Friday, August 20, 2010

Back It Up!

You are backing up your important files, aren't you?  I was reminded just last week in a discussion with a faculty member that not everyone is, but most of us would be devastated to lose the stuff we keep on our computers.  Here's a quote from New York Times technology columnist David Pogue, whose computer's hard drive failed several years ago, leading to the loss of all of his files: "There's two kinds of people in the world: those who have good regular backup systems and those who will."  Pogue was able to recover most, but not all of his files through a data recovery company, but it cost him a lot of money

An external hard drive is a good place to start, but it may not be a sufficient solution alone.  The American Society of Media Photographers (ASMP) has a good article that details the issues, threats, and options concerning backups.  They advocate the 3-2-1 rule: three copies (primary and two backups), two types of media,  with one copy stored off site.  While professional photographers might find the expense of online backups to be prohibitive due to the size of their professional archives, scholars and students may wish to consider a service like Dropbox. See Ryan Cordell's article over at ProfHacker for more information.

ASMP reminds us that the threats to are data are numerous:
  • Device failure
  • Viruses
  • Malicious damage
  • Volume and Directory glitches
  • Transfer corruption
  • Lightning strike/Voltage surge
  • Theft
  • Fire or water damage
  • Human error
There is a reason why the data recovery company with whom David Pogue worked keeps a suicide counselor on staff.  If you haven't already, find a good, automated system for backups today.  Start with these articles written by Jason B. JonesMerlin Mann, and John Gruber

Image: Eric Hart (Eqqman), Filed,  2009.  Available from Flickr under a Creative Commons Attribution-NonCommercial 2.0 Generic license.

Tuesday, August 10, 2010

11 Techy Things for Teachers to Try This Year

Looking for ways to incorporate more technology in the classroom?  Over at Free Technology for Teachers Richard Byrne has shared 11 Techy Things for Teachers to Try This Year.  Each of these entries is accompanied by suggestions for free resources that educators can use.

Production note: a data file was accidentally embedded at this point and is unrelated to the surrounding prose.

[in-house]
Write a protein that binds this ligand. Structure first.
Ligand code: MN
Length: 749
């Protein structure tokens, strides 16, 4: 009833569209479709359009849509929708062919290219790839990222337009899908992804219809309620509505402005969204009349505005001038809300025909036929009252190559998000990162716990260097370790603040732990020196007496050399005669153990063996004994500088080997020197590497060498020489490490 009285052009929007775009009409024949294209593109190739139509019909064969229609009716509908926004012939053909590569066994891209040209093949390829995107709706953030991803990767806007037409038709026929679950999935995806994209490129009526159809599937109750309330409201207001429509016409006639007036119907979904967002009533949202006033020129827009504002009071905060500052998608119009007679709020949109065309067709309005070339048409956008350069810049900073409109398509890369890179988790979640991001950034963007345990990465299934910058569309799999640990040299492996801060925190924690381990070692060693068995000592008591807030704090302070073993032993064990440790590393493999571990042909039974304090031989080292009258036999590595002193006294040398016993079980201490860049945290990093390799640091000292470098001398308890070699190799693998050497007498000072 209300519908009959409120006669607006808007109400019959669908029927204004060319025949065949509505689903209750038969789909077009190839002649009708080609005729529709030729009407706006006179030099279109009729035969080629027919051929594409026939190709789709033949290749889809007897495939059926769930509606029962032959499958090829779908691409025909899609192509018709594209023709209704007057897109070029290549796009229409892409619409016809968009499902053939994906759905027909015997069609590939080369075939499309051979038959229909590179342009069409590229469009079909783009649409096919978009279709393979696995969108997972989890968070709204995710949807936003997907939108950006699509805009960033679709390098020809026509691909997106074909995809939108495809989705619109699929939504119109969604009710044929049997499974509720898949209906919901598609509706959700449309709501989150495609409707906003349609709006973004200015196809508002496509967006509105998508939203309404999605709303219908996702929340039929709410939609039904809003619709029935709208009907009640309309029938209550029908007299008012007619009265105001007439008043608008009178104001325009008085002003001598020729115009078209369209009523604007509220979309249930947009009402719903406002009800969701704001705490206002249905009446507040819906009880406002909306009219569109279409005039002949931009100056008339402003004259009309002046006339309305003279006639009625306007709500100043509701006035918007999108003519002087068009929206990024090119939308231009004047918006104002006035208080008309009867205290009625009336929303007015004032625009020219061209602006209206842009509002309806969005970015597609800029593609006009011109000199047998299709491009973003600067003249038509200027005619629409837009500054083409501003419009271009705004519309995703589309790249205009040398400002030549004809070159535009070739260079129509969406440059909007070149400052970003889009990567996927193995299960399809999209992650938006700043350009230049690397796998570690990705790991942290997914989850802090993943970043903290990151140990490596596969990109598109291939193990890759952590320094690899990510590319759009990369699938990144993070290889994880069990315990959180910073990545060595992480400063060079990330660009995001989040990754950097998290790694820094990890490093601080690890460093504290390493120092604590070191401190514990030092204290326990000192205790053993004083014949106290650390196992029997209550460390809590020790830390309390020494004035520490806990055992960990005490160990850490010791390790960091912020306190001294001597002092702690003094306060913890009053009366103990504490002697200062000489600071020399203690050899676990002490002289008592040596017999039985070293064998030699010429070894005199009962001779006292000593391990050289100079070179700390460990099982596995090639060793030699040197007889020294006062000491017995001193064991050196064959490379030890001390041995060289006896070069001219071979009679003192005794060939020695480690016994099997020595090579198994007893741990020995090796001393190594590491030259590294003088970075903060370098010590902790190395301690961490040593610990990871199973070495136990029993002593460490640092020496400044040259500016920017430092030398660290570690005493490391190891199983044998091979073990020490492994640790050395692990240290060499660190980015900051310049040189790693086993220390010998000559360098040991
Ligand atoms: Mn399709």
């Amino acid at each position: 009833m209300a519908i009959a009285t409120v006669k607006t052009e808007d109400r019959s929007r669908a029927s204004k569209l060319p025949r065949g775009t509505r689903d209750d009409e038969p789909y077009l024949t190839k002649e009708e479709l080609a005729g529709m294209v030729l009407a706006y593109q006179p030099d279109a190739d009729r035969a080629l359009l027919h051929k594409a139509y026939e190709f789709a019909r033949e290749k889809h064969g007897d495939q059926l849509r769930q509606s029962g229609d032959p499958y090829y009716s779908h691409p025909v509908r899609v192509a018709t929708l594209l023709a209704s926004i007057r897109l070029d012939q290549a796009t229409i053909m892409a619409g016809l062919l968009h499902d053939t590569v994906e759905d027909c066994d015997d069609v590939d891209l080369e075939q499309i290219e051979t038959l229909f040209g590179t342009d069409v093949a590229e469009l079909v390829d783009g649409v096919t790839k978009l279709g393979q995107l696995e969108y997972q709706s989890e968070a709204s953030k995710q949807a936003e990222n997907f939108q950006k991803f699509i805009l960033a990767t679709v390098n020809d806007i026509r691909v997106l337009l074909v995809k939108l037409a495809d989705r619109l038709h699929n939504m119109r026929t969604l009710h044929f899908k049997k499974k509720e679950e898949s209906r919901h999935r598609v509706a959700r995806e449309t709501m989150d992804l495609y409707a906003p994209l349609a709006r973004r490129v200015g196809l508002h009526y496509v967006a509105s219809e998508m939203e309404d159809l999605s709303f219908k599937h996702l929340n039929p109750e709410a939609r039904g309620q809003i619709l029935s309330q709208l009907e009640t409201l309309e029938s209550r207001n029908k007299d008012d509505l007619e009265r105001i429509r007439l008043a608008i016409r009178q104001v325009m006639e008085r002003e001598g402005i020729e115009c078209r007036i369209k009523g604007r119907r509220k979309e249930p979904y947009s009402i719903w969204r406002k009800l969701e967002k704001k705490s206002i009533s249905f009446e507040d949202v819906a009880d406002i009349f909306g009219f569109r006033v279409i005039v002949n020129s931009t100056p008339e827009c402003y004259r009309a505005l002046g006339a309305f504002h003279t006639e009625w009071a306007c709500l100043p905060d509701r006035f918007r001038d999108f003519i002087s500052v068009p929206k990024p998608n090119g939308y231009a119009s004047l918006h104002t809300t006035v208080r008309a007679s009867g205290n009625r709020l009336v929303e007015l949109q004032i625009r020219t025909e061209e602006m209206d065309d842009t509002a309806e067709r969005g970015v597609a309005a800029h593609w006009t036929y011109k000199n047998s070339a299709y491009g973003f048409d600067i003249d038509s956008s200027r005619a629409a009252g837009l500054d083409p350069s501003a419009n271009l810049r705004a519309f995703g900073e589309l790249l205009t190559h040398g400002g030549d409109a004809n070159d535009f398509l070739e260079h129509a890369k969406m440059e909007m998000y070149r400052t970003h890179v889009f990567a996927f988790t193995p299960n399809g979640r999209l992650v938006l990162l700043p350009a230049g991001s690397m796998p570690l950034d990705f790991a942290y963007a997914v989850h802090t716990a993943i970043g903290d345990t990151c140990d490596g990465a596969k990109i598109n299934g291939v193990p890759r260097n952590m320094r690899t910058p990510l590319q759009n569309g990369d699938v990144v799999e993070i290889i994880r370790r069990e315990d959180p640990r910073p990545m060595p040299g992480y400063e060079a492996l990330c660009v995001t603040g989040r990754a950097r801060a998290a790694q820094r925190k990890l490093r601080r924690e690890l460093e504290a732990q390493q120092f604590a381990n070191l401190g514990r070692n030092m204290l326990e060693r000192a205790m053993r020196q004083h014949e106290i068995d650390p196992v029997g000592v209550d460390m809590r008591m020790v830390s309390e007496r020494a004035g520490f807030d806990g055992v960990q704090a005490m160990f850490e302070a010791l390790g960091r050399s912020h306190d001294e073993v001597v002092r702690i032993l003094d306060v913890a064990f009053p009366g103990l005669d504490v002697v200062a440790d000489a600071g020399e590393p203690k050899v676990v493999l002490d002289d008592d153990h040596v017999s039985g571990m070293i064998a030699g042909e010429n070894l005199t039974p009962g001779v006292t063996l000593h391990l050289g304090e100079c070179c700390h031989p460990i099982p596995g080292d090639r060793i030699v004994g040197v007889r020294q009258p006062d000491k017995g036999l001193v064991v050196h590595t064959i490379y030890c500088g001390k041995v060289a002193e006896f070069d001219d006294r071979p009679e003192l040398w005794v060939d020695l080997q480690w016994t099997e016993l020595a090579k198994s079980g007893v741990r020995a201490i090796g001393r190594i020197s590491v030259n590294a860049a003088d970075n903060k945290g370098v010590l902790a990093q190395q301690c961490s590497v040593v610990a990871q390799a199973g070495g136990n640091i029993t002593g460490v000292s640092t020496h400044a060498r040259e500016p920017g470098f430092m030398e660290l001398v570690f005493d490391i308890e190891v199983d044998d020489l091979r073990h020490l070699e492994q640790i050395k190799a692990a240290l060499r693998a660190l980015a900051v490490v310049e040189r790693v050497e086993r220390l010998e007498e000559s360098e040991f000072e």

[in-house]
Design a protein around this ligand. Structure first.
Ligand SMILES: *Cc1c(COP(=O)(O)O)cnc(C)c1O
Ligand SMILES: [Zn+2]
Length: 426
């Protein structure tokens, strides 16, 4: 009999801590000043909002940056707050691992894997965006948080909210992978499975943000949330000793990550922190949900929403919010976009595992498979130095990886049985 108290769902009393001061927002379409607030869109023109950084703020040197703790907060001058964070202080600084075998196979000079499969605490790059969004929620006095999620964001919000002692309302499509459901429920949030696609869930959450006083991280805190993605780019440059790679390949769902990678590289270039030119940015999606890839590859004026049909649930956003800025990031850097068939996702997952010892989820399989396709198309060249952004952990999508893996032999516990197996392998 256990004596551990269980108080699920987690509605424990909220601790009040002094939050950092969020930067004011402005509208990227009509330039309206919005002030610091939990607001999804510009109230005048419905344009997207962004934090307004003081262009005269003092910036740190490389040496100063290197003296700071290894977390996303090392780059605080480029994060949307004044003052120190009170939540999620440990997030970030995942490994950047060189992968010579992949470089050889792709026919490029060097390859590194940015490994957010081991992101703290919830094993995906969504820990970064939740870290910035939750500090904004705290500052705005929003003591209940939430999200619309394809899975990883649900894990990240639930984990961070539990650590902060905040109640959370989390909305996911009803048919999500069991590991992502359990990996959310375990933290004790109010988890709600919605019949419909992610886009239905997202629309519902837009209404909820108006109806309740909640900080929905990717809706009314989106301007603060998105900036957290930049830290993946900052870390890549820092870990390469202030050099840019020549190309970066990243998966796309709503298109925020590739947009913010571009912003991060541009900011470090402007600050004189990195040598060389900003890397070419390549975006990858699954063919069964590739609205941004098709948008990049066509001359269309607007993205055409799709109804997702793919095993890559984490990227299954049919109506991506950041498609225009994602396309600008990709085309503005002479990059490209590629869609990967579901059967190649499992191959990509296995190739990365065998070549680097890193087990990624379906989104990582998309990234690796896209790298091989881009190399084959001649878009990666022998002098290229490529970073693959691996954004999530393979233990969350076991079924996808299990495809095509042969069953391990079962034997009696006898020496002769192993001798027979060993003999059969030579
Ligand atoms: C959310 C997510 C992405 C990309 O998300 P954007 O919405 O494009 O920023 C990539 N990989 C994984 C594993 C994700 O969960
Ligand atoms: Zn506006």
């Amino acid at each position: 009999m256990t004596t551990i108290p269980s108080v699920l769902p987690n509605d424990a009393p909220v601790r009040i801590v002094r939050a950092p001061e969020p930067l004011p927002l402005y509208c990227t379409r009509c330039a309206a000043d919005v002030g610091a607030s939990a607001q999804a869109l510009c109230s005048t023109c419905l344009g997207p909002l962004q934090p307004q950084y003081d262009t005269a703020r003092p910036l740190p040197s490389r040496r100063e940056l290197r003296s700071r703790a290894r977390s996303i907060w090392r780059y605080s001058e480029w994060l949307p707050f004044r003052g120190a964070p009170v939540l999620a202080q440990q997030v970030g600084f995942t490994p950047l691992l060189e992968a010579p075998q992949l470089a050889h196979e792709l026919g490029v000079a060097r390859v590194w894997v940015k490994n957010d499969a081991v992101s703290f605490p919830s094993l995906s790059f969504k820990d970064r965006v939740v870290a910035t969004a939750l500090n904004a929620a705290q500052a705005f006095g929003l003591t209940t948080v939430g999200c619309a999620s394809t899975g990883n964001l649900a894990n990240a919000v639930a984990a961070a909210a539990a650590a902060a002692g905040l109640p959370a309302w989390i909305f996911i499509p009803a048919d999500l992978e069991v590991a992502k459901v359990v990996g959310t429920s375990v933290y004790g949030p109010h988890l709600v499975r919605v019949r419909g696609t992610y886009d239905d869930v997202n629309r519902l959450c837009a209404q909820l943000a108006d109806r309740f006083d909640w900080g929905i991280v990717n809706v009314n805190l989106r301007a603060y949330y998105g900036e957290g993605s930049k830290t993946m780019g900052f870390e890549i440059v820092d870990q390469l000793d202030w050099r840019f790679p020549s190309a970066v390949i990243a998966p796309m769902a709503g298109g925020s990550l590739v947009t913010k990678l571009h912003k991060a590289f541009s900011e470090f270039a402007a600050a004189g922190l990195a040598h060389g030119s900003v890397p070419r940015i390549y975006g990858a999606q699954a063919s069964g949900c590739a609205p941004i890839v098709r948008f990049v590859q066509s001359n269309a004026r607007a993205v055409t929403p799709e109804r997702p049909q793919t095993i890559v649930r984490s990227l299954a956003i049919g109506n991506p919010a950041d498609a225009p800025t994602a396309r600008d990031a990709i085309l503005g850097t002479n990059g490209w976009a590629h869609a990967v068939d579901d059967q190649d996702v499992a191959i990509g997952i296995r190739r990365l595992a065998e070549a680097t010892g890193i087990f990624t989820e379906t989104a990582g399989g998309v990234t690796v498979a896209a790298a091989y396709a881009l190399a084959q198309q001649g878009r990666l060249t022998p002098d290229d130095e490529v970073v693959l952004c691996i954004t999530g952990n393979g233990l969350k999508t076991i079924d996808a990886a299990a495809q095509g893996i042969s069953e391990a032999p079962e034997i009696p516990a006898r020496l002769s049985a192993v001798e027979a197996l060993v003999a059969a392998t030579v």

1. Build a Blog or Build a Better Blog
2. Build a Wiki With Your Students
3. Build a Website
4. Create Videos Without Purchasing any Equipment
5. Create Maps to Tell a Story
6. Try Backchanneling in Your Classroom
7. Join a Social Network for Your Professional Development
8. Use an Online Service to Save Your Bookmarks
9. Get Your Students Searching More Than Just
10. Have Your Students Create Podcasts
11. Eliminate Inbox Overload

Richard Byrne's blog is well worth following. Recent entries include Tech Tip - Easy Sharing of Long URLs; Wetoku - Conduct, Record, and Share Video Conferences; An Overview of the History of Visual Thinking; and How to Choose a Safe Password.  I have just added his blog to my RSS reader.

Via Ellyssa Kroski at iLibrarian.

Image: Vernon Fowler (vfowler), computers, 2007, available from Flickr under a Creative Commons Attribution-NonCommercial 2.0 Generic License.

Wednesday, August 4, 2010

ARTstor Subject Guides

ARTstor now offers twenty-two subject guides on a broad range of topics.  These one-page PDF documents "highlight relevant collections, unique interdisciplinary content, search strategies, and search terms that greatly aid discoverability across disciplines in the Digital Library."

These guides illustrate that, despite the emphasis on "art" in ARTstor's name, its content is useful to scholars and students in a wide range of disciplines, especially across the humanities and social sciences.

The current subjects covered are: African and African American Studies; American Studies; Anthropology; Architecture and the Built Environment; Asian Studies; Classical Studies; Design; Decorative Arts; Fashion and Costume; History of Medicine and Natural Science; Languages and Literature; Latin American Studies; Maps and Geography; Medieval Studies; Middle Eastern Studies; Music History; Native American Studies; Photography; Religious Studies; Renaissance Studies; Theater and Dance; and Women's Studies.

Tuesday, August 3, 2010

Visual Literacy Standards

I am back from an incredible month in Uganda (highly recommended, especially if you are not too attached to hot water showers), and waiting for me in my inbox was an announcement about a new blog on developing Visual Literacy Competency Standards from the Image Resources Interest Group (IRIG) of the Association of College and Research Libraries (ACRL).  ACRL brought us the much used Information Literacy Competency Standards for Higher Education, so this is a very welcome development for educators who teach visual literacy.  As our culture and so many others have increasingly adopted images to communicate, including selling, convincing, illustrating, etc., visual literacy is really an important topic for everyone, not just those in the arts.

IRIG has posted five potential definitions of visual literacy proposed at their meeting during this year's American Library Association conference in Washington, DC.  What do you think about these definitions?  I look forward to the final product, which will be an especially helpful instruction guide for academic librarians and visual resources professionals.

Image: Trey Ratcliff (Stuck in Customs), The Sunset of Your Childhood, 2008.  Available from Flickr under a Creative Commons Attribution-NonCommercial-ShareAlike 2.0 GenericLicense.